Ocean FAD Articles > Salmon Management Measures

A public comment made by our President
22 Apr 2010

The board was made aware that OceanFAD president, John Harder, expressed his support for the sustainable Troll Salmon fishery on the West Coast.

                                                                                                                                                     Agenda Item H.5

                                                                                                                                                  Public Comment 

                                                                                                                                                          April 2010

Pacific Fishery Management Council Members

7700 NE Ambassador Place, Suite 200

Portland, Oregon 97220


   In regards to:                     FINAL ACTION ON 2010 SALMON MANAGEMENT MEASURES

  Dear Council Members,

I humbly request, or make a motion, to allow all West Coast Salmon Trollers to regain fishing for 3 major key reasons.

  1. Support sustainable fishing- Salmon trolling is a sustainable fishing “gear type” and it should be clear that these fisheries do NOT pose a threat to the stocks of any salmon species, and theirfor should be allowed “full (open) access” to all salmon species with no boundaries or closers all up & down the coast equally. Fishermen should be allowed to move freely with the fish. This will also keep vessels spread out, as to fish close to their home ports and avoid going over MSY. I ask the council to request to the NMFS for grants to be given, ASAP, to the different salmon troll associations for undergoing MSC (or the equivalent of) certification as to show scientific proof of this already well known fact of sustainability.
  2. Obtaining true  MSY- To acquire true Maximum Sustainable Yield (MSY), the “S” in “MSY” must represent a fishery using a sustainable “gear type” such as trolling. MSY will then become the maximum vessels, or hooks, in any given area where there is fish. For example 12 vessels tacking (taking fish) in a given area, yielding 50 fish per vessel, per day. The following day 12 more vessels move into the given area and the catch rate drops to 10 fish per vessel per day. The “code of conduct” will then come into play and excess vessels will move out of the area to look for a more productive area. If only 4 boats stayed in the given area, the next day’s yield (MSY) may go up to 100 fish per vessel per day. Please keep in mind, if the fish feel too much pressure, they simply stop biting, move off, or get smart. There is never overfishing in a sustainable fishery. Always fish on the sounder when vessels move off.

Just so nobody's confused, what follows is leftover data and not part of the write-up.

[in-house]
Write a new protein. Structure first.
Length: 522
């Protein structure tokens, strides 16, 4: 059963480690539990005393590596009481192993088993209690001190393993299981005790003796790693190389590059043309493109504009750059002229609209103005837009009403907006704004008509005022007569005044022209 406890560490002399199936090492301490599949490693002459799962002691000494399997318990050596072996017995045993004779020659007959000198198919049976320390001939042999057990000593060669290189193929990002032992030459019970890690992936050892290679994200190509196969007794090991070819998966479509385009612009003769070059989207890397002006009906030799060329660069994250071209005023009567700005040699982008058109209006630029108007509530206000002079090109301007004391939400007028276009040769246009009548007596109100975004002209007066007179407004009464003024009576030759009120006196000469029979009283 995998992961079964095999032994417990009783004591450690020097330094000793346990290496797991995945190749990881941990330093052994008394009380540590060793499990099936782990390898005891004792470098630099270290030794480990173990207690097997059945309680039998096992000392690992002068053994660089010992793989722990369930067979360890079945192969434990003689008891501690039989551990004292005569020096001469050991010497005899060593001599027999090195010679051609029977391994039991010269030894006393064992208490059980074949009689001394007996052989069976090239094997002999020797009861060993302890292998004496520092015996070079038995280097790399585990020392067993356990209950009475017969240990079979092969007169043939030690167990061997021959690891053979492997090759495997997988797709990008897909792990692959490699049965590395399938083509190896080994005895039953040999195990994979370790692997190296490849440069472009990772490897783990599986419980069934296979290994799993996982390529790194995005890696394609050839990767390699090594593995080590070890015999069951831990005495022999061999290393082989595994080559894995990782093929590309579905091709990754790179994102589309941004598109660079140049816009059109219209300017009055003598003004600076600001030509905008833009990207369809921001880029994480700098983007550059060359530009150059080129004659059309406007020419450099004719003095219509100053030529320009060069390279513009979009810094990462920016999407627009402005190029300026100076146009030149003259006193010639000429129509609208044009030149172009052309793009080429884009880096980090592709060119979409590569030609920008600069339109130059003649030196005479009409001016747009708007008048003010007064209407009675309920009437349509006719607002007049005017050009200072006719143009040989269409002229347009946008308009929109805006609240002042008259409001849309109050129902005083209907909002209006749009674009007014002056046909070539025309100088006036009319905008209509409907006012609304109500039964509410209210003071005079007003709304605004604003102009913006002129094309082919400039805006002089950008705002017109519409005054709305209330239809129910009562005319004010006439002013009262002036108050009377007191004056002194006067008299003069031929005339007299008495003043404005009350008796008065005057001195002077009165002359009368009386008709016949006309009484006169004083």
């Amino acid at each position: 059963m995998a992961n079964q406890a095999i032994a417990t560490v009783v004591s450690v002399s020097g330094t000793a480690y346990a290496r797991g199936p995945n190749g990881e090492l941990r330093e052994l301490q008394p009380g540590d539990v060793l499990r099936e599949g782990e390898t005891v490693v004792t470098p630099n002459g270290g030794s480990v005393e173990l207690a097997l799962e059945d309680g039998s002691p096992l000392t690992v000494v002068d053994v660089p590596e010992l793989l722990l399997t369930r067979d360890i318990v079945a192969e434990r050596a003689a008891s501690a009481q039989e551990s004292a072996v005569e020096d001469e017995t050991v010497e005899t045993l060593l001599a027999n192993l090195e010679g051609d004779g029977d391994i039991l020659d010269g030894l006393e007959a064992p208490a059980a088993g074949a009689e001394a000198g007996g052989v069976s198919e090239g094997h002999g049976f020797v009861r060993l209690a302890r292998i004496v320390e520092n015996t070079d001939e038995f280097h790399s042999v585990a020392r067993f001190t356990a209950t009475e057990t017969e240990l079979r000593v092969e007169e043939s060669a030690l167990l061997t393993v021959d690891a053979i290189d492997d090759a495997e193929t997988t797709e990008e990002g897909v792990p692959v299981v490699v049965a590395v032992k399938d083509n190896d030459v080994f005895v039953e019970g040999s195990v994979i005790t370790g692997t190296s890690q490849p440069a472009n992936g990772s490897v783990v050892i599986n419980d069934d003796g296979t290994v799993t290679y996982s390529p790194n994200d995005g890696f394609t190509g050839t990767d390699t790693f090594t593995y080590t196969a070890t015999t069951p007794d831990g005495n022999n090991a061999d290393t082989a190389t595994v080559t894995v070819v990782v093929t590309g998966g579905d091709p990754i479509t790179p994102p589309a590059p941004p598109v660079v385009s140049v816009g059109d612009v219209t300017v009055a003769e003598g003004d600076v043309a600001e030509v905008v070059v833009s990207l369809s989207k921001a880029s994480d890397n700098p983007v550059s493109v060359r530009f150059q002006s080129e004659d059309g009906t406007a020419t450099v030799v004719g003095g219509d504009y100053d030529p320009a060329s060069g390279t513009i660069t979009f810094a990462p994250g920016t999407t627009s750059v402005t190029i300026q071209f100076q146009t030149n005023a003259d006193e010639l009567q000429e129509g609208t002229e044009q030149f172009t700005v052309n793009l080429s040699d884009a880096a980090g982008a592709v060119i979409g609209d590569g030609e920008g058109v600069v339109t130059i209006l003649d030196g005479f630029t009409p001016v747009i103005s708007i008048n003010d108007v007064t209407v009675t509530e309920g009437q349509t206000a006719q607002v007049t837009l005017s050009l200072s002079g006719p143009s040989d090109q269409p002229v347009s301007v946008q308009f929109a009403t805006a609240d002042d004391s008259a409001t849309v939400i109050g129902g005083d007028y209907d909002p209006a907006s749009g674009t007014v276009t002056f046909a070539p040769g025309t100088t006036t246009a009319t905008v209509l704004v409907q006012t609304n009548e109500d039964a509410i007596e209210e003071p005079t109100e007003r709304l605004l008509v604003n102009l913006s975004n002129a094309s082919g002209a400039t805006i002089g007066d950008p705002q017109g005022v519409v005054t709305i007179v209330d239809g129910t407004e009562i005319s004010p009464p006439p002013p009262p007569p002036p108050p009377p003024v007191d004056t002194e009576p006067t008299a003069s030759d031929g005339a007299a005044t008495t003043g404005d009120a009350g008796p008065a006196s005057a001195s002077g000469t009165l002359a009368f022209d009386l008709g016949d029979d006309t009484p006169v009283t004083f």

3. Collecting complete and accurate data for stock assessments- without a sustainable fishery in practice, we cannot conduct a true assessment on stocks. Incomplete data, or simulated modules coming from other unsustainable means such as reports from trawl vessels may help assessments, but the closest “true” data will only come from the most sustainable “gear type”. There must be little to no discards. Nothing dead goes overboard. This too is a golden rule, “law of the sea”, or code of conduct, if you did not know. With 100% input & no waist or unaccountability, we should have accurate, up to date data for assessments.

In conclusion, only healthy stocks will be harvested. If the stocks are not healthy, it is not because of “over fishing” by trollers. It would be from mismanagement, or some other source. I humbly request the council to ask the NMFS to reword there salmon stock classification to reflect this. Salmon can no way be overfished if fishing is not in effect.

   Please let our salmon trollers bring fresh, “wild caught”, salmon back to our coast, creating jobs and helping our economy, instead of costing more tax payer money we don’t have. Let us fish sustainably & responsibly.

   Thank you for your time & consideration,

   Sincerely, John Harder (John-boy)

   F/v “Ocean Joy”

California sustainable tuna fisherman

P. O.  Box 2463 Monterey, CA 93942


John Harder